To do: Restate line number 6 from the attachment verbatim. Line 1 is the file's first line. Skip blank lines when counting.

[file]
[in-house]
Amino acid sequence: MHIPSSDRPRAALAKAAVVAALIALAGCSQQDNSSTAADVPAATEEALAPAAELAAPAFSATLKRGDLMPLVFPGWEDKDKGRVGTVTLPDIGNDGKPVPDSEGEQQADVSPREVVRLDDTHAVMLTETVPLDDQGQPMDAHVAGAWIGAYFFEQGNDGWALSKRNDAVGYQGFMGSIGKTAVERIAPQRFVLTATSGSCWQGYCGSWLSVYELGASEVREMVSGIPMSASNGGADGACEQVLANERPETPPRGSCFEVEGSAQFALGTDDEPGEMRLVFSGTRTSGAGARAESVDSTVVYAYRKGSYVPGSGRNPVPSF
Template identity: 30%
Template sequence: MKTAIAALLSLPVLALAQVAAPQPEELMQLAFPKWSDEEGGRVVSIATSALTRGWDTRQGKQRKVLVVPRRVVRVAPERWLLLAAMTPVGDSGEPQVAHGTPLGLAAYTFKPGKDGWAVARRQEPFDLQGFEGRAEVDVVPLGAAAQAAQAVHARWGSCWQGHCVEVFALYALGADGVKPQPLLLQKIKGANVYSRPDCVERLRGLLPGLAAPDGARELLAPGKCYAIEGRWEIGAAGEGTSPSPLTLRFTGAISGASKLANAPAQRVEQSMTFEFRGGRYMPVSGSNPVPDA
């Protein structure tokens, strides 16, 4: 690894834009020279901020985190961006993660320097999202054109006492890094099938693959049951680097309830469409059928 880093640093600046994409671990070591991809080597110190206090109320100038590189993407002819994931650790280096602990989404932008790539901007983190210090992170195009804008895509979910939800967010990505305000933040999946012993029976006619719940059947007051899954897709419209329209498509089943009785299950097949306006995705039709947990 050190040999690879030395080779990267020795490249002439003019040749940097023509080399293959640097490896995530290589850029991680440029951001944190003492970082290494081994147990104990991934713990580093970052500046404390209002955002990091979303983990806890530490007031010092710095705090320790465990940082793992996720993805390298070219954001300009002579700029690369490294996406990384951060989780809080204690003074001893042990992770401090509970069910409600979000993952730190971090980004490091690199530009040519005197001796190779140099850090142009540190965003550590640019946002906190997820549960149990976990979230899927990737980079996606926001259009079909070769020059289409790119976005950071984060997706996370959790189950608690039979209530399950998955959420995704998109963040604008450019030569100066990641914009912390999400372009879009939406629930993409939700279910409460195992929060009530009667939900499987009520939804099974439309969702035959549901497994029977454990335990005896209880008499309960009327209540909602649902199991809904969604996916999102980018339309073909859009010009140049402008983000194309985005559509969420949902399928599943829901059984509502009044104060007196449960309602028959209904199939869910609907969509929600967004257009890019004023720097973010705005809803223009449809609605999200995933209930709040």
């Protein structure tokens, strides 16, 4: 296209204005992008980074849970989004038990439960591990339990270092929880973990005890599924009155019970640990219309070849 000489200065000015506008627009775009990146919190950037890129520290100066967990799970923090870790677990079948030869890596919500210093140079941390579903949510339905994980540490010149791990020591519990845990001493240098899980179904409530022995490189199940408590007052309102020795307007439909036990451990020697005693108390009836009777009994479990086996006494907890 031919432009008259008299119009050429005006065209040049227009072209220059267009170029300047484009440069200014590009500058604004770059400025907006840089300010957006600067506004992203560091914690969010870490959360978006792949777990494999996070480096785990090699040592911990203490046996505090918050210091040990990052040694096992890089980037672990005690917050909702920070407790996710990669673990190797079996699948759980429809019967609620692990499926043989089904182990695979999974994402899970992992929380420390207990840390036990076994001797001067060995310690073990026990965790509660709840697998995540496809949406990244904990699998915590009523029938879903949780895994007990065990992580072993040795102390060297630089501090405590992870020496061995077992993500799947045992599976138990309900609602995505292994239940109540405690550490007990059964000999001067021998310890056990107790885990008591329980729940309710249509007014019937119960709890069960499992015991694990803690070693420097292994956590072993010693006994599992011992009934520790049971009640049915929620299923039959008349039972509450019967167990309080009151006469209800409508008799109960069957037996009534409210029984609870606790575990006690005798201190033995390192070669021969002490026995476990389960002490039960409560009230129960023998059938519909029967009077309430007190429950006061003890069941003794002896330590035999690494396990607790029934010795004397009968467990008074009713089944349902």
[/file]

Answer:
């Protein structure tokens, strides 16, 4: 296209204005992008980074849970989004038990439960591990339990270092929880973990005890599924009155019970640990219309070849 000489200065000015506008627009775009990146919190950037890129520290100066967990799970923090870790677990079948030869890596919500210093140079941390579903949510339905994980540490010149791990020591519990845990001493240098899980179904409530022995490189199940408590007052309102020795307007439909036990451990020697005693108390009836009777009994479990086996006494907890 031919432009008259008299119009050429005006065209040049227009072209220059267009170029300047484009440069200014590009500058604004770059400025907006840089300010957006600067506004992203560091914690969010870490959360978006792949777990494999996070480096785990090699040592911990203490046996505090918050210091040990990052040694096992890089980037672990005690917050909702920070407790996710990669673990190797079996699948759980429809019967609620692990499926043989089904182990695979999974994402899970992992929380420390207990840390036990076994001797001067060995310690073990026990965790509660709840697998995540496809949406990244904990699998915590009523029938879903949780895994007990065990992580072993040795102390060297630089501090405590992870020496061995077992993500799947045992599976138990309900609602995505292994239940109540405690550490007990059964000999001067021998310890056990107790885990008591329980729940309710249509007014019937119960709890069960499992015991694990803690070693420097292994956590072993010693006994599992011992009934520790049971009640049915929620299923039959008349039972509450019967167990309080009151006469209800409508008799109960069957037996009534409210029984609870606790575990006690005798201190033995390192070669021969002490026995476990389960002490039960409560009230129960023998059938519909029967009077309430007190429950006061003890069941003794002896330590035999690494396990607790029934010795004397009968467990008074009713089944349902």